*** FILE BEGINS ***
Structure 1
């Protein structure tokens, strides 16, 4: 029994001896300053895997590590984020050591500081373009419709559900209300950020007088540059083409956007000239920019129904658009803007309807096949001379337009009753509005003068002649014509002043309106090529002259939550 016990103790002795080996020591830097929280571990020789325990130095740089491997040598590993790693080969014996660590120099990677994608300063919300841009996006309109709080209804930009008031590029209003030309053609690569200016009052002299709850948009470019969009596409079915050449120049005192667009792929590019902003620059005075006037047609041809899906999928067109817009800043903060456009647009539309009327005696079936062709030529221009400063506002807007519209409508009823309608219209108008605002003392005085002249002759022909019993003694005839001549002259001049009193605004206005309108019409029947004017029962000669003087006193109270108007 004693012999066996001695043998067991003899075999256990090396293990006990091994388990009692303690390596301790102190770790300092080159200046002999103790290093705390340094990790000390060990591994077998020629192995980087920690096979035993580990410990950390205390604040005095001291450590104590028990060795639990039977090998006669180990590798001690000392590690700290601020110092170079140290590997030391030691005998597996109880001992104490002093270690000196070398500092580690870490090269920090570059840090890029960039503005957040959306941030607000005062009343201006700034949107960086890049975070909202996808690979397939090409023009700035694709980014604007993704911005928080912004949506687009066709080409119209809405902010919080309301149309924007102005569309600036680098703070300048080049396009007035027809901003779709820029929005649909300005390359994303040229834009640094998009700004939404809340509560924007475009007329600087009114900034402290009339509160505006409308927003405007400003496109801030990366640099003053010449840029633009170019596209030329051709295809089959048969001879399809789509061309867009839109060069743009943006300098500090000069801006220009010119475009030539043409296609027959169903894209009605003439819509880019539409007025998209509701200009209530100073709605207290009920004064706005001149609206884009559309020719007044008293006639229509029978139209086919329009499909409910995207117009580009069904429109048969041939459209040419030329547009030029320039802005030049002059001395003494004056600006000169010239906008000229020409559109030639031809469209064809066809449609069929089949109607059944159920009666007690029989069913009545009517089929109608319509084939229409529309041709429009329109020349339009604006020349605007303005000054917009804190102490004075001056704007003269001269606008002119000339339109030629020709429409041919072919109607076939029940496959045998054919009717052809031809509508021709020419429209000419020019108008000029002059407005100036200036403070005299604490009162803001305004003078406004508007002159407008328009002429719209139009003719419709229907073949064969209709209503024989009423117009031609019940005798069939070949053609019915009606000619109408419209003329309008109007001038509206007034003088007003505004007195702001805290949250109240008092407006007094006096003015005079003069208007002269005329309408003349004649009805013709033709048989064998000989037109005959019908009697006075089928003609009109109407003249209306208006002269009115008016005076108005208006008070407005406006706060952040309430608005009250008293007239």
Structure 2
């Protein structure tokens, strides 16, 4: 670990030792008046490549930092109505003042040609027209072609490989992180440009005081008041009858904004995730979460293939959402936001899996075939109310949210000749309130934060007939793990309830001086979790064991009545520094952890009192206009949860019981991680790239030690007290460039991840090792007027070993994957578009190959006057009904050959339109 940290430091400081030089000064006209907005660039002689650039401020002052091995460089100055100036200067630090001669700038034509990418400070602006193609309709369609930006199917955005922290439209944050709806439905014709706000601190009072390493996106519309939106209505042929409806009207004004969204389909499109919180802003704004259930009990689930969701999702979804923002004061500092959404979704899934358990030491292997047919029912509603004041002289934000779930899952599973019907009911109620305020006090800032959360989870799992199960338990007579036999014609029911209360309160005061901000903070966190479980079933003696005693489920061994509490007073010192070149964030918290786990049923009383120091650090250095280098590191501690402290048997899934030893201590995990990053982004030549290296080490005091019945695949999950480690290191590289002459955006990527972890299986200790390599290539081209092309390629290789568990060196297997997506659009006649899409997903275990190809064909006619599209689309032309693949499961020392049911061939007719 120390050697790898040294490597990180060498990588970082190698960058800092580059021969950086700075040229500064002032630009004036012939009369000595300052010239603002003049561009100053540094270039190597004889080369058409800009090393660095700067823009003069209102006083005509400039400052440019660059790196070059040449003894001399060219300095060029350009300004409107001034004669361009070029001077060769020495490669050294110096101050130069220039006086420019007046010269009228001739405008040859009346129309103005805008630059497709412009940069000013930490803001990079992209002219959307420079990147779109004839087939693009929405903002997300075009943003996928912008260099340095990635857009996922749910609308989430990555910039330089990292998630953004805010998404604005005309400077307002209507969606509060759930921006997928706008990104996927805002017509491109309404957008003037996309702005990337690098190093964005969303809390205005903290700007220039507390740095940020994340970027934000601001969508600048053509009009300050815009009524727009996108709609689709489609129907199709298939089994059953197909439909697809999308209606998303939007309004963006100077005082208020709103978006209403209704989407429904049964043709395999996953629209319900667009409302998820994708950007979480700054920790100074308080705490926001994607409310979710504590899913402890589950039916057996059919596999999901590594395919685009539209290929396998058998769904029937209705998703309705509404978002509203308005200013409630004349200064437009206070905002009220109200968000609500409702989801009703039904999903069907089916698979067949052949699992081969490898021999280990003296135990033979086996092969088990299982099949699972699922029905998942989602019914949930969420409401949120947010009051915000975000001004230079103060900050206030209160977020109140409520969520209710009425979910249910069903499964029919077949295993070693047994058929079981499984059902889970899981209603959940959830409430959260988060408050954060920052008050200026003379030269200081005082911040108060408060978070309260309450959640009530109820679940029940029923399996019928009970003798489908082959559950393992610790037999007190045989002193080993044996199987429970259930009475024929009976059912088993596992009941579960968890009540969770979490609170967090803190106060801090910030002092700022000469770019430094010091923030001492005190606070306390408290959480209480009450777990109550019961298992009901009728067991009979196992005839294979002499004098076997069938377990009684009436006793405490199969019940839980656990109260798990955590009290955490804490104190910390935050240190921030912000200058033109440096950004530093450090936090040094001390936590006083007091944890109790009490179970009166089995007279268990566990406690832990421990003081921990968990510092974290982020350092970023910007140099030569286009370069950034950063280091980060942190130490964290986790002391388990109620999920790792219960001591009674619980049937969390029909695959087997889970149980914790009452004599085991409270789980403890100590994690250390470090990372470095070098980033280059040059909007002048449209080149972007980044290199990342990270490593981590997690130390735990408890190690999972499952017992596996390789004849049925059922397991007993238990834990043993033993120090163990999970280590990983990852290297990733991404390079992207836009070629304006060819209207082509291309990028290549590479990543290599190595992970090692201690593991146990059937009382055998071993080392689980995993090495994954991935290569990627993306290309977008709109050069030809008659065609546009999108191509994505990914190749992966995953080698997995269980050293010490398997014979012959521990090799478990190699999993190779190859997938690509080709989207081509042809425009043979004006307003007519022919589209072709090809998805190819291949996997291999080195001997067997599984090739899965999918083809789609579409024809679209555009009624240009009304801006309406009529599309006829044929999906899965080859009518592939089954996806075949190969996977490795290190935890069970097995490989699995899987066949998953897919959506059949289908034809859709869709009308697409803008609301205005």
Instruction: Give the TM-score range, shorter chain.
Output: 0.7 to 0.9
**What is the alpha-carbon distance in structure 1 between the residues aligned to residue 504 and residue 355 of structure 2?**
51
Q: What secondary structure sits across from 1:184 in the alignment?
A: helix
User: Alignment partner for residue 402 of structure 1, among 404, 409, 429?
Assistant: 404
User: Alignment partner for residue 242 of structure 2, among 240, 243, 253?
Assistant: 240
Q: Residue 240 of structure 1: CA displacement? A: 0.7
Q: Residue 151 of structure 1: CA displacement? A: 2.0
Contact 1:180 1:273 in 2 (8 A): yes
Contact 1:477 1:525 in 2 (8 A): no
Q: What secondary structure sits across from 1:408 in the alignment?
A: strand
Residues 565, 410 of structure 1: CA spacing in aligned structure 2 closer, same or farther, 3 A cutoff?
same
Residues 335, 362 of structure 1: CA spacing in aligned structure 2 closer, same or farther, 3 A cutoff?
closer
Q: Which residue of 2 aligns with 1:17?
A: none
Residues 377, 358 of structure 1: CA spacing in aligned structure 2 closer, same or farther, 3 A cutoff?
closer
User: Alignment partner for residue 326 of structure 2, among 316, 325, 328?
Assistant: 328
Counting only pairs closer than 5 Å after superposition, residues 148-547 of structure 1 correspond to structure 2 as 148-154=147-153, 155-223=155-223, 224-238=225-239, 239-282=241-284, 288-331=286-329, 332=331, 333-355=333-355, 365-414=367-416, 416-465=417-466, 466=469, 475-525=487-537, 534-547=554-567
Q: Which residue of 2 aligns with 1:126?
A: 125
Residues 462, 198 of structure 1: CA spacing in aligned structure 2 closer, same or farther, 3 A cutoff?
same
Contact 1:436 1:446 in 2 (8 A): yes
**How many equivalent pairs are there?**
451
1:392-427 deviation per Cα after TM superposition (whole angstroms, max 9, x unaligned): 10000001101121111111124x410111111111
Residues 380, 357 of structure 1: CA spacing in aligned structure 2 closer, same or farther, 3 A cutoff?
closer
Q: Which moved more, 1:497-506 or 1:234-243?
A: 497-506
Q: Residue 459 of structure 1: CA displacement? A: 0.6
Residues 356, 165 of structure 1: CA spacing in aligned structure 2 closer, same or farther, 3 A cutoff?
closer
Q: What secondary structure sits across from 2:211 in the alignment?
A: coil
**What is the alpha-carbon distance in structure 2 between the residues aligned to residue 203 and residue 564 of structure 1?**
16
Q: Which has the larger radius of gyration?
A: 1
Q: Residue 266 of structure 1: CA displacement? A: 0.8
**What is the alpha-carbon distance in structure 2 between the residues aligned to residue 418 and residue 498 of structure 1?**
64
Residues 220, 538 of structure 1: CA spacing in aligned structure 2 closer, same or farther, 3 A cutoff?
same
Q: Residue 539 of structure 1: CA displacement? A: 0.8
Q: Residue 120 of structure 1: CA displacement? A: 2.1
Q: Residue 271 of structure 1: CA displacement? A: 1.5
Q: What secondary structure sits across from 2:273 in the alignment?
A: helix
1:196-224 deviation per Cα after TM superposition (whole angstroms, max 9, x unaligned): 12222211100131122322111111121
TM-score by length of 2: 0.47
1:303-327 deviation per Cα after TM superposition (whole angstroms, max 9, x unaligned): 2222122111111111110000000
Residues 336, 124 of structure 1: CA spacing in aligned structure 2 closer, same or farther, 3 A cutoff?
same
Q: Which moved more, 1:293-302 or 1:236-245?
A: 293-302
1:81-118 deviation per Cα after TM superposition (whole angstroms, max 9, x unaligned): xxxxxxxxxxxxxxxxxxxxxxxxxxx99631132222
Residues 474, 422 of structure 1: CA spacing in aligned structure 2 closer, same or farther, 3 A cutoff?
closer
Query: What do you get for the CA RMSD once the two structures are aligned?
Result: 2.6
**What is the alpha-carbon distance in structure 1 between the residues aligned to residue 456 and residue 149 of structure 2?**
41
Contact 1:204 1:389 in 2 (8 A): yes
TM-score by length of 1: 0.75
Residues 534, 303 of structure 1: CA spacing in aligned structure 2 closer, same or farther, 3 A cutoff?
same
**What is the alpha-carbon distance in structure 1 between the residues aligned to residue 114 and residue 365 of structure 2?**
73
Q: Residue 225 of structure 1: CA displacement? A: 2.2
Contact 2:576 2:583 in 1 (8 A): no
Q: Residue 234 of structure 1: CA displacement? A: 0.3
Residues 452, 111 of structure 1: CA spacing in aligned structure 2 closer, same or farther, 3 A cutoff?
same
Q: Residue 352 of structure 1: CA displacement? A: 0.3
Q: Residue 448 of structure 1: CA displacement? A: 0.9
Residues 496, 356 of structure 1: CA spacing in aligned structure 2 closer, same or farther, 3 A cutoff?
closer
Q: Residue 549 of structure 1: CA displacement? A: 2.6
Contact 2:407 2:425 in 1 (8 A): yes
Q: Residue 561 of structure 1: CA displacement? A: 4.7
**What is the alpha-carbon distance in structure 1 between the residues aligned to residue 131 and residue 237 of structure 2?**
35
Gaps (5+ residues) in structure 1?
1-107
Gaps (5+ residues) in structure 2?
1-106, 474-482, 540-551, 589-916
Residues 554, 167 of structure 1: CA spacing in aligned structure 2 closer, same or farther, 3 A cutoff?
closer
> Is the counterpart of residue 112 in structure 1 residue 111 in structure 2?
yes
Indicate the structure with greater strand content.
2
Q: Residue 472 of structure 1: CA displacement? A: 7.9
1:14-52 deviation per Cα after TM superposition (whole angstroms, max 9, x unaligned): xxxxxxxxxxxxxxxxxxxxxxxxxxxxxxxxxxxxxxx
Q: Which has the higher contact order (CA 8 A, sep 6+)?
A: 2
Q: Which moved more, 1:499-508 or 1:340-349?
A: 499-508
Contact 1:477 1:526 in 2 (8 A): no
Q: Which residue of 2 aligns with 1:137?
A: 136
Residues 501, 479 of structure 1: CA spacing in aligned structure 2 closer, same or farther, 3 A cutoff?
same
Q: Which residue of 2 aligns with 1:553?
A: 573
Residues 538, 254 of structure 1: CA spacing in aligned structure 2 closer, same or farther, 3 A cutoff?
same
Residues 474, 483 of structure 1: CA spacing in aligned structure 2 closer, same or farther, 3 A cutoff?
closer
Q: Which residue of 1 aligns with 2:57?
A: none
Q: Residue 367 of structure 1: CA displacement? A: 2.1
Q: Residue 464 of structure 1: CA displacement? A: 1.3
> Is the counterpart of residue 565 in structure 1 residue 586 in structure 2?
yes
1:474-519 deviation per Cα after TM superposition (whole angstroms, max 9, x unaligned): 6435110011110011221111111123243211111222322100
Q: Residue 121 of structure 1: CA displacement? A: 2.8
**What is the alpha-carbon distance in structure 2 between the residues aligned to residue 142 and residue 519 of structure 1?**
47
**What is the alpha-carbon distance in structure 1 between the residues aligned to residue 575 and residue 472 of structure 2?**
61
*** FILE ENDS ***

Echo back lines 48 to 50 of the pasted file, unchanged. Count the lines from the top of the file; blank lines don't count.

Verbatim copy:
A: coil
**What is the alpha-carbon distance in structure 2 between the residues aligned to residue 203 and residue 564 of structure 1?**
16